I also like Fuji Superia 400 shot at ISO200.

    Barring that, Ektar is another real good option. I use it but find it a little less forgiving when it comes time to scan. Exposure in the camera is important or scanning colors can be off. Though I find that my Plustek does a slightly better job than my Epson.

    Also, using a warming filter can help but I find that it works a bit too well for my tastes.
     
  13. Wolfeye

    Wolfeye Subscriber

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    For best color realness, Reala in 120. Even though you won't be, I can't help but wonder how many folks have tried printing Ektar optically. It does scan nicely and is a very good choice for a hybrid workflow, but it's way oversaturated otherwise. That too can be fun, but it's not real.
     
  14. kintatsu

    kintatsu Member

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    Wolfeye,

    I love the signature line. If that's inappropriate to mention here, I apologize. I just couldn't help a hearty chuckle!
     
  15. peter k.

    peter k. Subscriber

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    I've used Ektar 100 in the past, and this week will shoot it again, but never used my 81a with the fall colors and will try that... interesting..
     
  16. ME Super

    ME Super Member

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    Provia 100F is a good choice for fall color too. Not as saturated as Velvia but I did get some good shots with the Provia last fall.
     
  17. 02Pilot

    02Pilot Subscriber

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    FWIW, I just shot the fall colors in upstate NY last week. I used a roll of Portra 160 in my Canon P, and a roll of Ektar in my reversed lens Brownie Hawkeye. The colors and range of the Portra were really excellent; the Ektar was wild and saturated, but striking. If accuracy is your objective, go for the Portra; if you want to make the colors pop, Ektar it is.

    I'll probably be back out this week with a roll each of Portra 160 and Ektar in my Rolleiflex. I am curious to see how they behave with the camera variable removed.
     
  18. kintatsu

    kintatsu Member

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    The thing I love about Provia is that the colors are vivid without being overly saturated. Viewing the resulting transparencies feels quite rewarding when they're exposed right!

    As for the Ektar 100 being hypersaturated, the 81a tames the blue shadows somewhat and lends to the fall warmth. If you slightly overexpose by 1/3 to 1 stop, the saturation decreases. It's best to try that during lower light periods, like early evening, prior to the middle part of golden hour. It also work in wooded areas.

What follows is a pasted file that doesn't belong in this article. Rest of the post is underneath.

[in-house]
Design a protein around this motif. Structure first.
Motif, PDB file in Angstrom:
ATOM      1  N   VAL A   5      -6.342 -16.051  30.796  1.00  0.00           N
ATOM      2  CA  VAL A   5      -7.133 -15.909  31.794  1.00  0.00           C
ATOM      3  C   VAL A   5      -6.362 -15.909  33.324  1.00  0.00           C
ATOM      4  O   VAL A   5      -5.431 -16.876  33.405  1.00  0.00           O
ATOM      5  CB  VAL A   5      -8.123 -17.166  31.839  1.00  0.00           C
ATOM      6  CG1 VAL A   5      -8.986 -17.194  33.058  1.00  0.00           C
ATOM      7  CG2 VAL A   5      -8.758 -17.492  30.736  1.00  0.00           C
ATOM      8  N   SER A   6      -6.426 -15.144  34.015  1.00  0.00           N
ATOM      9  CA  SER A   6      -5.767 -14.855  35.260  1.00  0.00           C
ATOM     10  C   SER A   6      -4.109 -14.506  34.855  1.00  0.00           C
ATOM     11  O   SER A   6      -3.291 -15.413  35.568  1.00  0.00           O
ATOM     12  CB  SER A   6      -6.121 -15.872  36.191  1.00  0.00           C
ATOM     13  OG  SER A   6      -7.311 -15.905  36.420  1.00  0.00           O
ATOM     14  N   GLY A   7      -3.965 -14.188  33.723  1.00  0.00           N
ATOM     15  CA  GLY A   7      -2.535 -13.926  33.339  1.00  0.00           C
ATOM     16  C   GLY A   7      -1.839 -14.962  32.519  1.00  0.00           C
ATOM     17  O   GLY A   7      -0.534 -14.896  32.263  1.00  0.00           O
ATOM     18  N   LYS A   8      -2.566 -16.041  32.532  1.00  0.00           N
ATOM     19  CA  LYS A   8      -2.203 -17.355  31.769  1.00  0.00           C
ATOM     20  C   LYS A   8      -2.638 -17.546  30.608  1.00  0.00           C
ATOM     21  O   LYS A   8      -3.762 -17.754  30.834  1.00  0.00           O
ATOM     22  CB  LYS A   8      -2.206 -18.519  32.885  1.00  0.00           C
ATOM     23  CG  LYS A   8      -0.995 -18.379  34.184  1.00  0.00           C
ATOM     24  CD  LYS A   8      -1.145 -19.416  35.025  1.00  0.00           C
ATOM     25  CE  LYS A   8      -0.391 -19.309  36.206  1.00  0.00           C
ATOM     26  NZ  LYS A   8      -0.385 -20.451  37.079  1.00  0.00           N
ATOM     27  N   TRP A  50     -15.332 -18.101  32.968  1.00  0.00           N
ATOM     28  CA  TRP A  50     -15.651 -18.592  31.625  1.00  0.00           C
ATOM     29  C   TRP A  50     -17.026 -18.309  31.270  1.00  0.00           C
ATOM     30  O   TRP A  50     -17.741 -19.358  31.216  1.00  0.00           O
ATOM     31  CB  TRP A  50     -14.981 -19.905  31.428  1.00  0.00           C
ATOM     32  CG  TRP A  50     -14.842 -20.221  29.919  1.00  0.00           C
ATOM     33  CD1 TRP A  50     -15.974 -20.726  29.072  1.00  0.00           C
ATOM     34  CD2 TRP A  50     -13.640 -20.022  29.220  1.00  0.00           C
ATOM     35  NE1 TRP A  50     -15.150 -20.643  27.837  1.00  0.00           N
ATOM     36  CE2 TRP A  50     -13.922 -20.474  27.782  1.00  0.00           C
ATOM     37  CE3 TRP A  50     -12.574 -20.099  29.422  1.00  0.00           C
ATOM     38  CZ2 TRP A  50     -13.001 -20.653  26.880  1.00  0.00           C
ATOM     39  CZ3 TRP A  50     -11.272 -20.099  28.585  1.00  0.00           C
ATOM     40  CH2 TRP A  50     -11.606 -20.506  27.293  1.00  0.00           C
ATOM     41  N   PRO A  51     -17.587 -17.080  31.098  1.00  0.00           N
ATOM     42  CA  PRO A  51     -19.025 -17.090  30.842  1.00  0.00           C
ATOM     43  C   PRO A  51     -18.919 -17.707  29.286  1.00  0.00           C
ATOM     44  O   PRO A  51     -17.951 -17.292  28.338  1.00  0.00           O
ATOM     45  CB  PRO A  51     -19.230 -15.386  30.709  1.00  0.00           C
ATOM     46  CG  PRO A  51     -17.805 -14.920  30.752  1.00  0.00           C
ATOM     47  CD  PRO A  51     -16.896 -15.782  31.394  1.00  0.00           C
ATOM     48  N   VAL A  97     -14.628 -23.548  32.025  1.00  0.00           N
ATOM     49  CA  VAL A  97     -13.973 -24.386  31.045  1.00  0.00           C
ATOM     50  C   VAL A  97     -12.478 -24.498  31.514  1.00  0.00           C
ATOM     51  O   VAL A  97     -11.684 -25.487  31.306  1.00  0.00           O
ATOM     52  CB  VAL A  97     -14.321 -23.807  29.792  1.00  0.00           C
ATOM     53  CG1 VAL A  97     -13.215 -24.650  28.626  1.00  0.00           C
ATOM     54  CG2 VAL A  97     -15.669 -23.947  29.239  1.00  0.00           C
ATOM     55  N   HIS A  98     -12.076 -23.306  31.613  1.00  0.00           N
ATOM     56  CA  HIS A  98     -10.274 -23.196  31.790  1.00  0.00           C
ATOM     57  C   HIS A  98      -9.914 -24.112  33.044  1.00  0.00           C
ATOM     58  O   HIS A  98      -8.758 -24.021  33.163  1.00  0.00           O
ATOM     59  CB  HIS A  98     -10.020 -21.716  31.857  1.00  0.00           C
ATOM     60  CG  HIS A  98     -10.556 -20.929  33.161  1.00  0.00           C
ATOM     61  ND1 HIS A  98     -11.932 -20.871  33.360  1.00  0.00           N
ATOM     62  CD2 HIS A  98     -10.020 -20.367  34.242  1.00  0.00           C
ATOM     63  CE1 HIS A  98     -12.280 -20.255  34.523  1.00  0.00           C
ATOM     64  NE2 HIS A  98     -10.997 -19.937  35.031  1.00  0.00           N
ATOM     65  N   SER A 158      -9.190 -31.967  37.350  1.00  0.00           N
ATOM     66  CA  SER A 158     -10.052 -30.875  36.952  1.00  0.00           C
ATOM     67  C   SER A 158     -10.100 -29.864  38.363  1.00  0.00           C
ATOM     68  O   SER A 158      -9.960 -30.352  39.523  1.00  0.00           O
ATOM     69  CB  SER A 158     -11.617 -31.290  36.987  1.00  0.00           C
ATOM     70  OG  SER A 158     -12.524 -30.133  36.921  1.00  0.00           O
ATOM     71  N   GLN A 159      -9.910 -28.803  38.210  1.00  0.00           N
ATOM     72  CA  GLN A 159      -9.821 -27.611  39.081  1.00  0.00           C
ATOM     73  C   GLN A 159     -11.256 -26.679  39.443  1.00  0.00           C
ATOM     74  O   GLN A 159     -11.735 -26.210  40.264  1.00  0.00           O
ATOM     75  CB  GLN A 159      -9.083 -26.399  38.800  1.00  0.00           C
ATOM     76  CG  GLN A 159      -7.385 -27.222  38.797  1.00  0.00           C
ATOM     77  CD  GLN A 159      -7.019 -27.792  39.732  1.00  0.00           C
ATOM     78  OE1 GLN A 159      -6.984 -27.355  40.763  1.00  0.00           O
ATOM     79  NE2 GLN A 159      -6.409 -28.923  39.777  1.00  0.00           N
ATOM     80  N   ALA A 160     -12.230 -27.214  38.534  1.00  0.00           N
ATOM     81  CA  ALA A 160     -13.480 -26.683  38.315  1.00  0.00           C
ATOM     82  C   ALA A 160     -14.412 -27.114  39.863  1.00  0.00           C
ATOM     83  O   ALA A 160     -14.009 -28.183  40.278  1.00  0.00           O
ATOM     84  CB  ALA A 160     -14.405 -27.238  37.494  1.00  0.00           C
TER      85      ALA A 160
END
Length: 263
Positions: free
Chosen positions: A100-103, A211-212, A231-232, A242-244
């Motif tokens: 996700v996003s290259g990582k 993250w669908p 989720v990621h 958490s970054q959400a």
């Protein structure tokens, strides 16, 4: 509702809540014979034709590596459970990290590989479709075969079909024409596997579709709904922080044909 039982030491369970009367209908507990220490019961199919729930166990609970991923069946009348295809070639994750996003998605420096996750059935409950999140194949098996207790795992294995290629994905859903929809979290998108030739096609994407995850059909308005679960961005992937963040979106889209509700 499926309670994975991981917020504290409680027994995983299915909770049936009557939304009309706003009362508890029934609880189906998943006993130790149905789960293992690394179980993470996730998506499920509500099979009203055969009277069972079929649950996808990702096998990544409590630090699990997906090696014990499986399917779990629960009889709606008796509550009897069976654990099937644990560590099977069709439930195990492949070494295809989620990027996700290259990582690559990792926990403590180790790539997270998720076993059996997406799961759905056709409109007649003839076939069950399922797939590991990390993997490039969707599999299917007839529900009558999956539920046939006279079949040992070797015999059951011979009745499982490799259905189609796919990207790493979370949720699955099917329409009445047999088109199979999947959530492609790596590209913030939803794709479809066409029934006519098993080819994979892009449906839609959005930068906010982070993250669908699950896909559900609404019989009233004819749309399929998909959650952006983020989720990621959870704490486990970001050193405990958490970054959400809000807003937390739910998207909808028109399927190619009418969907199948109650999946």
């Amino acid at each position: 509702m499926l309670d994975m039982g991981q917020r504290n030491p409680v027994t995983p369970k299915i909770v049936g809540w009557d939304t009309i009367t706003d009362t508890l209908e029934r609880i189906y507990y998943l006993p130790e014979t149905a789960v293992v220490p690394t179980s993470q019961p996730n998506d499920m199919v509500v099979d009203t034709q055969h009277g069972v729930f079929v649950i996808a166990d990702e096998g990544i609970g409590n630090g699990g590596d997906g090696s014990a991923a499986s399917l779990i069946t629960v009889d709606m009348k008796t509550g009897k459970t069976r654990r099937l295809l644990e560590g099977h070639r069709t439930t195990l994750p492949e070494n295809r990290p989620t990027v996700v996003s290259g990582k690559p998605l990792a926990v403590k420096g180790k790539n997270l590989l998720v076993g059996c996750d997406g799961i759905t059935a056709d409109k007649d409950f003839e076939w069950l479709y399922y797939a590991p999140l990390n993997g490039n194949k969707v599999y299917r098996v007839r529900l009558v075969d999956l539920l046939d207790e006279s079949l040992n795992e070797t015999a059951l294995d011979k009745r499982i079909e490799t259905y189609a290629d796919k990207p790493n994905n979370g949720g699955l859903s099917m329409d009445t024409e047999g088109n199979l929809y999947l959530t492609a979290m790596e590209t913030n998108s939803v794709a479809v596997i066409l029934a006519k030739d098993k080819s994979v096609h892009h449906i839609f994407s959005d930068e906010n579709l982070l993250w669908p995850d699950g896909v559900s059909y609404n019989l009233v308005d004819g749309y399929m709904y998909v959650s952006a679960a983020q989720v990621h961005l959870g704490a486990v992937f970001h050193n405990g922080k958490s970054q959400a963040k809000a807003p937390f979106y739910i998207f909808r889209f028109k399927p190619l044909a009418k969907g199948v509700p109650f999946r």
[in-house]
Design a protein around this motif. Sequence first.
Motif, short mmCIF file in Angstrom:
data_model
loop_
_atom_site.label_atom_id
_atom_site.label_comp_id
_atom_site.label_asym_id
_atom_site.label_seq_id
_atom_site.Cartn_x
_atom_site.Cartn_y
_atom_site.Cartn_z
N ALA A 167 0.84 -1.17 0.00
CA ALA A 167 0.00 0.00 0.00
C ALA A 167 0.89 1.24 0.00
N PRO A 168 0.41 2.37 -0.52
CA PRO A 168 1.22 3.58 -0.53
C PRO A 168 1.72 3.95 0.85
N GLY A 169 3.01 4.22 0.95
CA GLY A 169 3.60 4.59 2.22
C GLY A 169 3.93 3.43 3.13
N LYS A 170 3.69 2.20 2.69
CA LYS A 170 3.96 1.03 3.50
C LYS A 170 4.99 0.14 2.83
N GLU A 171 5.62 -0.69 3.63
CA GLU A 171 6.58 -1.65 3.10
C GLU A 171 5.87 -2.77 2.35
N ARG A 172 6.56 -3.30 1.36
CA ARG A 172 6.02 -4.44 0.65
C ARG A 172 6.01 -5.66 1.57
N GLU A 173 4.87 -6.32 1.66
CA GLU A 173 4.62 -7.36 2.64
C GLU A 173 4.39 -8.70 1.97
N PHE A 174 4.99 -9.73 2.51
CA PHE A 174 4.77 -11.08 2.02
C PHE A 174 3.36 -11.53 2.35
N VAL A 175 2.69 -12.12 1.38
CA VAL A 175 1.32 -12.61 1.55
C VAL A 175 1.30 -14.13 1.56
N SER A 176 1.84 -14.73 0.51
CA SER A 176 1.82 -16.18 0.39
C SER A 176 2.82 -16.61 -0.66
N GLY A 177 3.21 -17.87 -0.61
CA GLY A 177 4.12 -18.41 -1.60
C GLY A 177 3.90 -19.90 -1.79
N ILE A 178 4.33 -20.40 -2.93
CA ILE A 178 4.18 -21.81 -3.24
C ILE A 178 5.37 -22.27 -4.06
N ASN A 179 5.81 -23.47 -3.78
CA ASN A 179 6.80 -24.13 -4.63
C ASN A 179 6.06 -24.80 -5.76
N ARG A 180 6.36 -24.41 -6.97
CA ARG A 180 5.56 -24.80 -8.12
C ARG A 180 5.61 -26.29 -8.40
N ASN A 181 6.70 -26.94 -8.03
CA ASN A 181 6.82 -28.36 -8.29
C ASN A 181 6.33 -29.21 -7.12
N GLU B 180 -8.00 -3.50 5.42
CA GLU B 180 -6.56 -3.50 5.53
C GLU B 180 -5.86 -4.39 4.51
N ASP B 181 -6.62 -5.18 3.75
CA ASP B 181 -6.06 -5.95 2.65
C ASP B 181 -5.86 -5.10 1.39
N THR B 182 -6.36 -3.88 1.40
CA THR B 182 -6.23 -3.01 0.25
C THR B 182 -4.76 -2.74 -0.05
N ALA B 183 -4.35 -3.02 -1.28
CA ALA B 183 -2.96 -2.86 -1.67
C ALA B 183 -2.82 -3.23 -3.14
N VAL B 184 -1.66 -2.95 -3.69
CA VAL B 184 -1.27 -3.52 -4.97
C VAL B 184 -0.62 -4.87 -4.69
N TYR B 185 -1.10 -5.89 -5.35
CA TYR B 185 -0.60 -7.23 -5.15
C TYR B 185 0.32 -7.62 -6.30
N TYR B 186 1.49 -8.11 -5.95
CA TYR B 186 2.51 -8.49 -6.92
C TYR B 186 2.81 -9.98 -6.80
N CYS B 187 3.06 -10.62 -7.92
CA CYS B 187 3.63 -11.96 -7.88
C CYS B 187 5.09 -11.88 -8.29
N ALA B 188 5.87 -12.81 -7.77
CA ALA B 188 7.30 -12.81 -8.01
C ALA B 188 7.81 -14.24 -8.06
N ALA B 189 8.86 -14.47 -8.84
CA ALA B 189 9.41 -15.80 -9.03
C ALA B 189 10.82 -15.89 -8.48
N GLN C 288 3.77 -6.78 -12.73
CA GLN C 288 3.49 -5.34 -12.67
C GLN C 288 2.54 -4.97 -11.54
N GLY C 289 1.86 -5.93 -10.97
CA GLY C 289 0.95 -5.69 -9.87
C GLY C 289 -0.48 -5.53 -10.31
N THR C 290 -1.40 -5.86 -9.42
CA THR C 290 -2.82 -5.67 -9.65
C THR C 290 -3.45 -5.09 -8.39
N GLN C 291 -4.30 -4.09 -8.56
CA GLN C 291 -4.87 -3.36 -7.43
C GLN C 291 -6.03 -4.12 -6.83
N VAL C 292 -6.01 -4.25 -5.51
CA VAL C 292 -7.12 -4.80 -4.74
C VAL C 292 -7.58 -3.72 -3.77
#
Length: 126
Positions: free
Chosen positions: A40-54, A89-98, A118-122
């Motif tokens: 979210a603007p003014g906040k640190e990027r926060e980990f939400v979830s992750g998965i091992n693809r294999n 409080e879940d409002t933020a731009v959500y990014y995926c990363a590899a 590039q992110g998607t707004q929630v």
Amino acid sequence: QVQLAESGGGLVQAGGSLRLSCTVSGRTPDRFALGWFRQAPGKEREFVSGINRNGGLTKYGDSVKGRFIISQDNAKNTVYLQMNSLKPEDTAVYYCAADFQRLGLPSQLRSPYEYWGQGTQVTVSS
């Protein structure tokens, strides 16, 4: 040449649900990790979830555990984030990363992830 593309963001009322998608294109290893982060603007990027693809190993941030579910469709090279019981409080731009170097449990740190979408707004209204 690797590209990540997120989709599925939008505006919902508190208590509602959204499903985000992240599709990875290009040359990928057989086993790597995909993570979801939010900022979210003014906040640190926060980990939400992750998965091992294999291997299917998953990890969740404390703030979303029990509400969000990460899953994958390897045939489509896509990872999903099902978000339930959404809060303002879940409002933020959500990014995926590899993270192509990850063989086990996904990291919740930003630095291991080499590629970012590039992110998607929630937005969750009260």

19. DREW WILEY

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    Ektar is quite accurate outdoors. Probably the most accurate color film I've ever worked with. But you do need to understand it. It needs to
    be balanced for color temperature because it doesn't artificially warm shadows like a portrait film does. Under an overcast sky, use an 81A filter. For deep blue shade, use an 81C. For high altitude or minor shadow control, use a pale pink skylight or 1A filter. Simple. And it needs to be properly exposed, just like a slide film. Know how to use a light meter. What's so hard about that. Even Aunt Maude in Peoria knew how to put on a slide show on her white refrigerator door. Nowadays the mantra is just wing it, then try to correct the mess in Photoshop afterwards. Garbage-in/garbage out. Do it correctly at first and life is a lot easier. But be aware that an accurate film might not be what you want if you are doing environmental portraiture under less than ideal conditions. What we've come to accept as photographically "pleasing"
    skintones can sometimes be at odds with the true color of foliage etc. And Ektar is rather saturated in comparison to garden-variety color
    neg films.
     
  20. Rolfe Tessem

    Rolfe Tessem Subscriber

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    I would second the nomination of Ektar 100. Not my first choice for people pictures, but for landscapes and those subjects for which good saturation is desired, it is my preference. If scanning, you can of course adjust these parameters, but it is naturally a high-saturation film in my experience.
     
  21. ME Super

    ME Super Member

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    You said a mouthful there. I like the Provia palette too, but sometimes I just want that extra kick that Velvia gives. I've got Velvia 50 in the 35mm and Portra 400 in the 6x6 and hope to get some good fall colors soon.
     
  22. John_Nikon_F

    John_Nikon_F Subscriber

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    Ektar 100. Set it at ISO 64, and you should be good to go. Very KR64 like in color reproduction in my experience.

    -J
     
  23. MattKrull

    MattKrull Subscriber

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    I just wanted to follow up on this. I've gotten two rolls of Ektar back now, and I'm smitten.
    I'm not sure if I'm going to buy slide film again after this. Ektar is cheaper, scans easily (my V600 can't resolve the grain), the prints are amazingly vibrant, and I don't need a viewer/projector to enjoy the final product. Nicer colour than the Rollei 200 slides I shot in the spring too. Definitely too strong for some things, but thats what I buy porta for. The only downside: blue shadows are pretty pronounced in a lot of my shots.


    I'm pleased with this scan, but it looks even better in print. I'll probably get this blown up to 8x12 on metallic paper. For reference, this was shot with an OM40, Zuiko 50mm 1.4 and a 25mm macro tube.
    tumblr_muzfy0Ultv1rwruaho1_1280.jpg